Vice President for Food Assistance Policy
We’ve noted this Thanksgiving week that the safety net helps millions of Americans avert hardship and meet basic needs like food and housing. Unfortunately, many eligible people miss out on needed help. At a time of year when many Americans make a special effort to help the less fortunate, states and localities can redouble their efforts to connect these powerful programs to vulnerable friends and neighbors.
One important area needing attention is reaching people eligible for both SNAP (formerly food stamps) and Medicaid. In four of the five states that Urban Institute researchers examined, only about two-thirds of children and adults who were eligible for both programs actually received both (see graph). The rates were even lower for adults: in three of the five states, fewer than 60 percent of eligible adults received both.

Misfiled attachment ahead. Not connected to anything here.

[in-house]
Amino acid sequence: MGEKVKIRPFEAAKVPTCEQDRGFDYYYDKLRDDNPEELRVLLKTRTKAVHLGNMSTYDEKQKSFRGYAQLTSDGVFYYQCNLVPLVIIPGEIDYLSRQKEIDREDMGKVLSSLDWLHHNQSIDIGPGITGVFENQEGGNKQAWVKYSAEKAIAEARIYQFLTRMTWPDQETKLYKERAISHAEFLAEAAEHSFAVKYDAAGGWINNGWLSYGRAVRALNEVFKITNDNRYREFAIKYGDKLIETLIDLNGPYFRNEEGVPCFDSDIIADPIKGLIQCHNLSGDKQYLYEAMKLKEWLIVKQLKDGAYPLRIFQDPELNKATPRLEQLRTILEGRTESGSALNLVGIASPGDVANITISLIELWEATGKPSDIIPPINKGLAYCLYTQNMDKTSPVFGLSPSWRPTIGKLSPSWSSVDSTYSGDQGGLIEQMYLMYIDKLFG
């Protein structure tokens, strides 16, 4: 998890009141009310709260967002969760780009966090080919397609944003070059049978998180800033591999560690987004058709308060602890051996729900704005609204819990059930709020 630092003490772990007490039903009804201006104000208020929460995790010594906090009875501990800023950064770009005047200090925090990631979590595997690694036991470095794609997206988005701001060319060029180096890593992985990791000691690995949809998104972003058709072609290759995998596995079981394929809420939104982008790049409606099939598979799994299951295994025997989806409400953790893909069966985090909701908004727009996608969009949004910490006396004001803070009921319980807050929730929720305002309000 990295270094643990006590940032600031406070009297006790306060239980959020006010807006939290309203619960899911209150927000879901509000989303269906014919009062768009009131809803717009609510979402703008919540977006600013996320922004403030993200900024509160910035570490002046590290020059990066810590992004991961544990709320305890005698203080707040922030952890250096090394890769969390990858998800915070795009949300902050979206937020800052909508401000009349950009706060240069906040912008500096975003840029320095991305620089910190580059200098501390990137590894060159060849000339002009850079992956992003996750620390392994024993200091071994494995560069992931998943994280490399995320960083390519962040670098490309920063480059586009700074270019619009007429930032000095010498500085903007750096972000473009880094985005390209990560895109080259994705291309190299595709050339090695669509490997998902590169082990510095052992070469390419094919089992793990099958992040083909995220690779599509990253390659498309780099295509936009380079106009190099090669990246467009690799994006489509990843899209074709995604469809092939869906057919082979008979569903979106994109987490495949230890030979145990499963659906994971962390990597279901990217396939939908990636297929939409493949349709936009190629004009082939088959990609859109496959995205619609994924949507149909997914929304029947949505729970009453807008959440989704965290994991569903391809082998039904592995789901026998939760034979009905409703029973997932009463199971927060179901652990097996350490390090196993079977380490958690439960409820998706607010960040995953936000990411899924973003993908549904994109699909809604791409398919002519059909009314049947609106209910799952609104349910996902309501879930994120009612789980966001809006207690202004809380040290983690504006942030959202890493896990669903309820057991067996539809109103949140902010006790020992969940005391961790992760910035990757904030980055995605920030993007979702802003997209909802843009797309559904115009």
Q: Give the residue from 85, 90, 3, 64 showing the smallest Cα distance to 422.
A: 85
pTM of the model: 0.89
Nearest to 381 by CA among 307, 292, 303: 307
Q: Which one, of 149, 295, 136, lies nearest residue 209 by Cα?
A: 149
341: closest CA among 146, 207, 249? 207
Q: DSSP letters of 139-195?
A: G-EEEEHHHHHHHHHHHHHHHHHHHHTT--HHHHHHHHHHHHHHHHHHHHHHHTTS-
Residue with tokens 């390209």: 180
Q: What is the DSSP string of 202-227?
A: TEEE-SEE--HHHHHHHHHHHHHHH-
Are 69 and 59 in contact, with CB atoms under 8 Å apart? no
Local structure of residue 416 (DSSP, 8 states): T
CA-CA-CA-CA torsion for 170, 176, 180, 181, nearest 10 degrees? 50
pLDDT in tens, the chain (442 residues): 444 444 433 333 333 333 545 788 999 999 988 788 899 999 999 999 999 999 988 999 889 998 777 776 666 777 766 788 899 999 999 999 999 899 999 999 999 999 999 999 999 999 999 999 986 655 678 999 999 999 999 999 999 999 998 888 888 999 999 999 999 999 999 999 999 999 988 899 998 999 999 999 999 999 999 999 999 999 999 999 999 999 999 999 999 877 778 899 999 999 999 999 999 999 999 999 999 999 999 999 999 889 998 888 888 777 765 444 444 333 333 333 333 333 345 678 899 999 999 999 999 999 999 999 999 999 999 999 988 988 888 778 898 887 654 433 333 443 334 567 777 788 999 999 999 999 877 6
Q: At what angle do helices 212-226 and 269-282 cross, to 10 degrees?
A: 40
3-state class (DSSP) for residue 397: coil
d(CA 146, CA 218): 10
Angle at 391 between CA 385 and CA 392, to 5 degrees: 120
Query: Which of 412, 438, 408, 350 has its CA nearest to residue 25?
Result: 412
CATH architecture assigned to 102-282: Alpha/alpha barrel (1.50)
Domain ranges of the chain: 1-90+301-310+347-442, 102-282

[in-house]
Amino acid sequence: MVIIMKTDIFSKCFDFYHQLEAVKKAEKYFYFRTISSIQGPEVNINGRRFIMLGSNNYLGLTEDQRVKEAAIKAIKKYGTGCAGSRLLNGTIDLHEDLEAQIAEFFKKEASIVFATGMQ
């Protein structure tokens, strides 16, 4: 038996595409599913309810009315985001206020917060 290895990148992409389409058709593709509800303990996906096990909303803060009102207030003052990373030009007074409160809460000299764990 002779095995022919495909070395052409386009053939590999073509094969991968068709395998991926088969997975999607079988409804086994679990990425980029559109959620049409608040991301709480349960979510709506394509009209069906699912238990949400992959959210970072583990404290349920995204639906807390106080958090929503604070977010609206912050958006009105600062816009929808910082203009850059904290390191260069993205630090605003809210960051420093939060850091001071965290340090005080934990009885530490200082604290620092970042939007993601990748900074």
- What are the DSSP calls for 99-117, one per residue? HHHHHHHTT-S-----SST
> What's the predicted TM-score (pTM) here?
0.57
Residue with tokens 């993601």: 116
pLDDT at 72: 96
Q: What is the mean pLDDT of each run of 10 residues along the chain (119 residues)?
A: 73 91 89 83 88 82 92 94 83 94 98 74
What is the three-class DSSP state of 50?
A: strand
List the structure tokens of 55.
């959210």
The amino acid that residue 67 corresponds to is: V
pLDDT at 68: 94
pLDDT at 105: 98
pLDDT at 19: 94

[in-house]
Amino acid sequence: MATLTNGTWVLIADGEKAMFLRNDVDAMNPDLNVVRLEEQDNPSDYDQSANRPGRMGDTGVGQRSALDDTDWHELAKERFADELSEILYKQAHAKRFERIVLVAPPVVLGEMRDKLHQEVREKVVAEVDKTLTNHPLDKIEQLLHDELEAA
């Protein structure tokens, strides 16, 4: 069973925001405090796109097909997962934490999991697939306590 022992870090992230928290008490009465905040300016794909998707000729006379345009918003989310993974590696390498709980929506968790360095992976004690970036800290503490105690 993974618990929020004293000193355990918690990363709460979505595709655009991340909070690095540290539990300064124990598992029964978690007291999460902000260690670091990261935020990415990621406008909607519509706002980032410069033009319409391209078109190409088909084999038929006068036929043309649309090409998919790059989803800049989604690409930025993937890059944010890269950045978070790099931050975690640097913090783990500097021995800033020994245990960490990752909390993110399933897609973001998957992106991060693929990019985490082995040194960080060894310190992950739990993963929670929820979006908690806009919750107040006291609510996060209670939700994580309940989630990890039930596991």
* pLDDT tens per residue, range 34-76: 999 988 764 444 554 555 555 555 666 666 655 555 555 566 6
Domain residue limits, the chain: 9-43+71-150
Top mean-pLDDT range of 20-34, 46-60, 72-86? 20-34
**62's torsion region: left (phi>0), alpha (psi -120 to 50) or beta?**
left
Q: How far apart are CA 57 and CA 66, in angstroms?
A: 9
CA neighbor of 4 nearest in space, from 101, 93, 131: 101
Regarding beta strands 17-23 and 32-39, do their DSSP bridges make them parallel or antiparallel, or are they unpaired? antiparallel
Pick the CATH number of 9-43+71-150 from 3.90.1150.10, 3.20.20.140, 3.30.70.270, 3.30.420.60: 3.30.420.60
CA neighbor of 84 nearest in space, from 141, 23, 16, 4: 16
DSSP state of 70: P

The study recommends that states simplify application procedures and do more to inform eligible people about these benefits.
Changes like these can have a big impact. Many states have made intensive efforts in recent years to increase SNAP participation among eligible people, such as by expanding outreach and reforming policies that discourage participation, particularly among working families. (Those policies include requiring recipients to go to SNAP offices every 90 days to reapply and imposing unnecessary paperwork.) States have streamlined administrative processes while maintaining high payment accuracy.
These activities boosted SNAP’s national participation rate from 54 percent to 83 percent between 2002 and 2012. These efforts, however, have been within SNAP and don’t always ensure that eligible people get both SNAP and other critical supports, like Medicaid. The relatively low joint participation rate for Medicaid and SNAP suggests that states can do much better to enroll people who qualify for both programs.